Russian crude exports to China via its Arctic shipping route shortcut surged to a record high in 2023 as Moscow continued to pivot east to find buyers for oil shunned by Western refiners, reports Platts.
But the so-called Northern Sea Route’s ice-prone, unpredictable voyage times remain a key hurdle to further expansion of the precarious trade route that Russia is so keen to promote.
Surge in Russian oil
Flows from Russia’s Arctic and Baltic ports to China totaled 10.4 million barrels in the 2023 summer season, data from S&P Global Commodities at Sea showed. Shipped in 13 cargoes, the total was up from just one cargo of 484,000 barrels in 2022 and 2.2 million barrels in 2019 when the first commercial shipments began.
Northern Sea Route (NSR) tanker shipments, in which vessels travel east from the Barents Sea through the Bering Strait and south into the Pacific, were first tested in 2010, helped by receding Arctic ice due to global warming. But oil volumes exported on the route remain relatively modest, only happening in summer when the Arctic pack ice retreats.
Even though volumes on the shorter route have jumped from a low base, they only represent an eighth of the 80 million barrels shipped from the same Russian ports to China this year and a fraction of the total 1 million b/d of seaborne Russian crude to China shipped mostly south via the Suez Canal.
This year, almost half the volumes were Russia’s benchmark medium, sour Urals export crude loaded at its Baltic Sea ports of Ust Luga and Primorsk and redirected to buyers in Northern China, the CAS data showed. The rest were Russia’s lighter Novy Port crude from the Novoportovskoye field and Y-K Blend, also known as Arctic Light or Varandey crude loaded near Russia’s Arctic port of Murmansk.
The surge in Russian oil shipped east through Arctic waters also comes as a boon for Chinese refiners hoping to benefit from discounted crude. The spread between the higher quality ESPO piped to Russia’s Pacific Coast port of Kozmino and medium, sour Urals has averaged $15/b this year, according to assessments by Platts, part of S&P Global Commodity Insights.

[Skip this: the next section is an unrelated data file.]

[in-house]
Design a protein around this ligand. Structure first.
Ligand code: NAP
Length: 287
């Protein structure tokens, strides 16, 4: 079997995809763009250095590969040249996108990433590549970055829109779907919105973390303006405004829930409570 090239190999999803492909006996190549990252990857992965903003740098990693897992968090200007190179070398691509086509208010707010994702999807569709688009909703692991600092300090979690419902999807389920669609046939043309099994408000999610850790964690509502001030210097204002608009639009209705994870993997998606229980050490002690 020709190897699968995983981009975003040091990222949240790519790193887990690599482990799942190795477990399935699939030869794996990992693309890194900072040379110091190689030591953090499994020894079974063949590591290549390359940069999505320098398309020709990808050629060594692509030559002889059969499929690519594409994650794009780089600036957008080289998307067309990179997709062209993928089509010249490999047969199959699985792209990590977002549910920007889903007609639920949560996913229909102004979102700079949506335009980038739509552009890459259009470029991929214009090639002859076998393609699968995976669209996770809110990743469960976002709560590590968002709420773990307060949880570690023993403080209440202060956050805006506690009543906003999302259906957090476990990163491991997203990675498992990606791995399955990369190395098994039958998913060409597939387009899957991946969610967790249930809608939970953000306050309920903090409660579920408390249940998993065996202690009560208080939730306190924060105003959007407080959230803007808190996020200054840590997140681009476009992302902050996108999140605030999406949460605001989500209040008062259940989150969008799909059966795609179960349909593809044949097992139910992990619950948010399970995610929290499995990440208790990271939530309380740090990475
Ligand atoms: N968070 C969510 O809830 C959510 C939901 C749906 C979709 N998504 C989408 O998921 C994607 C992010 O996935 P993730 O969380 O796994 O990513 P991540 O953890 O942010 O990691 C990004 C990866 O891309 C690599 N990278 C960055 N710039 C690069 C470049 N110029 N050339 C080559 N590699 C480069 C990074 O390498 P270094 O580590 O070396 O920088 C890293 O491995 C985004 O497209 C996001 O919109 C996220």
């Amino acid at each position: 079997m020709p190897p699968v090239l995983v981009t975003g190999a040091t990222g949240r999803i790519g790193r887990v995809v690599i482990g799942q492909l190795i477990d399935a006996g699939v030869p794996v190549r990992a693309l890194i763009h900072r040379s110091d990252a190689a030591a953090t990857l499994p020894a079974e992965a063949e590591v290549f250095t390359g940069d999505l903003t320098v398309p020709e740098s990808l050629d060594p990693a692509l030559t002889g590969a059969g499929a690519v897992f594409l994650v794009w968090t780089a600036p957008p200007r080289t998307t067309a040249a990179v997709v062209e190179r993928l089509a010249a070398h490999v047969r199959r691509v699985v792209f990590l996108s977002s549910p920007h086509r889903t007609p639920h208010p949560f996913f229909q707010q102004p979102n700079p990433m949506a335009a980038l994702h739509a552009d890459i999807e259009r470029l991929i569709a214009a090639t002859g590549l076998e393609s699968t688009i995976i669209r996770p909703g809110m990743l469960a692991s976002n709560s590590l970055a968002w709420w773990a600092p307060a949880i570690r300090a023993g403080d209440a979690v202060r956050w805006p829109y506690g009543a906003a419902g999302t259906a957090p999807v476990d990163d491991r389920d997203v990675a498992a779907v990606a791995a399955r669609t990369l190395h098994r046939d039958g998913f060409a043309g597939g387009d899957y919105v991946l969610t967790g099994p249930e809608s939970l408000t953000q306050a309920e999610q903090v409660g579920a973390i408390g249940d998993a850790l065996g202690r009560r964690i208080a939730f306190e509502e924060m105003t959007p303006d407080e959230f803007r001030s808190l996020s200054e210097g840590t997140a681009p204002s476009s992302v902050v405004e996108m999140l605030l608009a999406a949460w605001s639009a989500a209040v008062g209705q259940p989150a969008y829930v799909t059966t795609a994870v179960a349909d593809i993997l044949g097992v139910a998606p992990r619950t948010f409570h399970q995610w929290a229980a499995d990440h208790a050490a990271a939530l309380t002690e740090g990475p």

Voyage time lottery
Although the NSR is about a third shorter for Russian Baltic shipments to northern China and about 45% shorter for shipments from terminals near Murmansk, some recent shipments have suffered major delays due to unexpected heavy ice.
On average, the voyage time for crude exports from Primorsk to Chinese ports was 40 days this year while trips from Murmansk averaged 27 days, the data showed. By contrast, shipping the crude via the traditional southern route averaged 50 days from both ports.
But the data showed considerable variability in the length of the Arctic voyages, testing the reliability and economics of the route which often requires ice-breaker escort vessels.
The fastest shipment from Murmansk to Rizhao in northern China this year took just 23 days, the data shows. In July, however, two Urals NSR shipments from the Baltic Sea to China took 47 days, more than two weeks longer than expected after hitting thick ice.
“Long voyage days certainly reduce the economics of the NSR passage, which include ice breaker costs, although lower bunker expenditure due to the shorter distance traveled via the NSR and no need to pay Suez Canal dues helps to balance that out,” shipbroker Gibson said in a recent report.
“For now, crude volumes shipped via the NSR are very modest in comparison to voyages via Suez, whilst the economics for Baltic shipments remain questionable. However, this trade will undoubtedly continue to grow going forward due to global warming, gradually chipping away at Russian crude tanker ton mile demand,” Gibson said.
The push for more Arctic oil shipments will also stretch Russia’s technical capacity to accompany some shipments with ice-breaker escorts.
Russia has three nuclear icebreakers working the Northern Sea Route as a whole, plus a nuclear-powered ice-breaking container ship on the route, and other icebreakers under repair, according to state-owned nuclear company Rosatom that operates such vessels. In June, Russia said it planned to build more than 50 icebreakers and ice-class vessels, ports and terminals and other assets over the next 13 years at a cost of $22 billion to develop the NSR.
Russia is also talking up the use of non-ice-class vessels to ply the NSR as global temperatures rise, a move which has triggered warnings from environmental groups.
One key signpost for the viability of Russia’s NSR ambitions is Rosneft’s ability to bring on stream its giant Vostok Oil project next year on the scale officially planned. Vostok is due to export around 30 million mt/year of crude in 2024 and gradually increase to around 100 million mt by 2030 providing a major source of incremental export flows for the NSR.
“Recent indications are that Rosneft’s plans for 600,000 b/d of Vostok Oil exports from a new Arctic port starting next year may be overly optimistic,” said John Webb, a director for Russian and Caspian Energy at S&P Global Commodity Insights. “Output from producing Vostok fields are well below this level and a shortage of ice-class Russian tankers may further complicate Vostok exports.”
Russia’s push to export more of its crude to China via Arctic waters are a sign of its determination to sidestep the impact on its revenues from Western sanctions.
But hopes of more significant, year-round oil transport via the NSR may still be some years off.
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